Toward a Deeper Understanding of a Witness of Christ
By Matthew L. Bowen
For more information, go to
Finding and Following Jesus in the Book of Revelation
By Breck England
For more information, go to
Abstract: Commentaries on Nephi’s first book tend to interpret the fraternal struggles it reports as historical facts that are meant primarily to invite readers’ evaluative responses. While recognizing the historical character of the facts marshalled by Nephi, this paper will argue that the author transposes that history into an allegory meant to inspire his readers in all times and places to abandon prevailing metaphors of life that are focused on the attainment of worldly goods and pleasures. In their place, Nephi offers the revealed metaphor of life as a day of probation taught to him and his father in their great visions. God’s plan of salvation revealed to them made it clear that the welfare of each human being for eternity would be determined by a divine judgment on how effectively their lives had been transformed by their adherence to the gospel of Jesus Christ in mortality. The message of 1 Nephi is that all men and women are invited to let the Spirit of the Lord soften their hearts and lead them into his covenant path wherein he can prepare them to enter into his presence at the end.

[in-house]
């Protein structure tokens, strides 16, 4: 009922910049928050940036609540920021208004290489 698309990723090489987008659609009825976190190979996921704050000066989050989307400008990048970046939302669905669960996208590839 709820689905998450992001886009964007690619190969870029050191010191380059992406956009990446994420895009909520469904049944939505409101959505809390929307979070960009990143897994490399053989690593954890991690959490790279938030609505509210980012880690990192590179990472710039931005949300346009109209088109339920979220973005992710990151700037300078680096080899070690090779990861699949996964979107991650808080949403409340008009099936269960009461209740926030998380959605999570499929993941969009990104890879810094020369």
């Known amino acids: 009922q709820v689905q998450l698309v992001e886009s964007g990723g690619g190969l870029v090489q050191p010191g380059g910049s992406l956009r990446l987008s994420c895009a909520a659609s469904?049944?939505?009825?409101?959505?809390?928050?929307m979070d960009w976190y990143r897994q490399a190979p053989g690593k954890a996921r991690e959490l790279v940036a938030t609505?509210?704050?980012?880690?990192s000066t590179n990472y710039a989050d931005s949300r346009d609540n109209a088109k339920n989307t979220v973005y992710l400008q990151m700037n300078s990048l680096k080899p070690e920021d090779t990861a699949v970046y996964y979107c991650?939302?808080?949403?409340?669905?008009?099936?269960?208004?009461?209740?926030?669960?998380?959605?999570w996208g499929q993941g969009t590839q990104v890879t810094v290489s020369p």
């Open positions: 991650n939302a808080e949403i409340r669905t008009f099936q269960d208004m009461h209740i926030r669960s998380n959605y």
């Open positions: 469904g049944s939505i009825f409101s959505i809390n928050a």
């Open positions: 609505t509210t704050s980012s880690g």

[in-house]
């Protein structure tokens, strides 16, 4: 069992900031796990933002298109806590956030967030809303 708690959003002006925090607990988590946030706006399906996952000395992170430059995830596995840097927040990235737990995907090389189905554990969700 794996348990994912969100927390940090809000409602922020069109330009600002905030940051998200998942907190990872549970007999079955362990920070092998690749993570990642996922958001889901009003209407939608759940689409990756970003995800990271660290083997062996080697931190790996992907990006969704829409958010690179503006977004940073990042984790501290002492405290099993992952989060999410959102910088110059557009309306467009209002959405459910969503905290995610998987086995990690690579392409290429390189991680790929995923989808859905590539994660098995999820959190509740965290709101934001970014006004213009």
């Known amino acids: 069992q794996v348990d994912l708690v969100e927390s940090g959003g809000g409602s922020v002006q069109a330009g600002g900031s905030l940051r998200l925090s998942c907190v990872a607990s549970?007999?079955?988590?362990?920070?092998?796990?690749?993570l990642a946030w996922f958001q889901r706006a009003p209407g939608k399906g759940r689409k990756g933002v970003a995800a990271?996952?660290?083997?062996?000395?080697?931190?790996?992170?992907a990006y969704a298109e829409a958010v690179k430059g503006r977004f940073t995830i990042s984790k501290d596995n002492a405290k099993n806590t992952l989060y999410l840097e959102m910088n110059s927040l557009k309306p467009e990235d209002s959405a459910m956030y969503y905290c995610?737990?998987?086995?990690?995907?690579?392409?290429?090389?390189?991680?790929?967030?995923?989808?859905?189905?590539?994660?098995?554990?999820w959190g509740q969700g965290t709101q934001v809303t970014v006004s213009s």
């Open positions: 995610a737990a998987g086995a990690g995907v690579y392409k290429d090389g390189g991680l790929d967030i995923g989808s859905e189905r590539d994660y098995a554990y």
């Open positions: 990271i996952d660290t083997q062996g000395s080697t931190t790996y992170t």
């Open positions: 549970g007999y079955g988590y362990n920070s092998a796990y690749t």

Review of John Gee, Saving Faith: How Families Protect, Sustain, And Encourage Faith (Provo, UT: Religious Studies Center, Brigham Young University, 2020). 313 pages.
Abstract: Saving Faith is a truly excellent book, designed especially for families concerned about their children. It is also a book appropriate for those getting ready to serve as missionaries, or for newly married couples, young couples about to be married, or even for those about to bring children into this world to undergo their mortal probation.
Review of Spencer W. McBride, Joseph Smith for President: The Prophet, the Assassins, and the Fight for American Religious Freedom (New York: Oxford University Press, 2021). 269 pages, $29.95 (hardcover).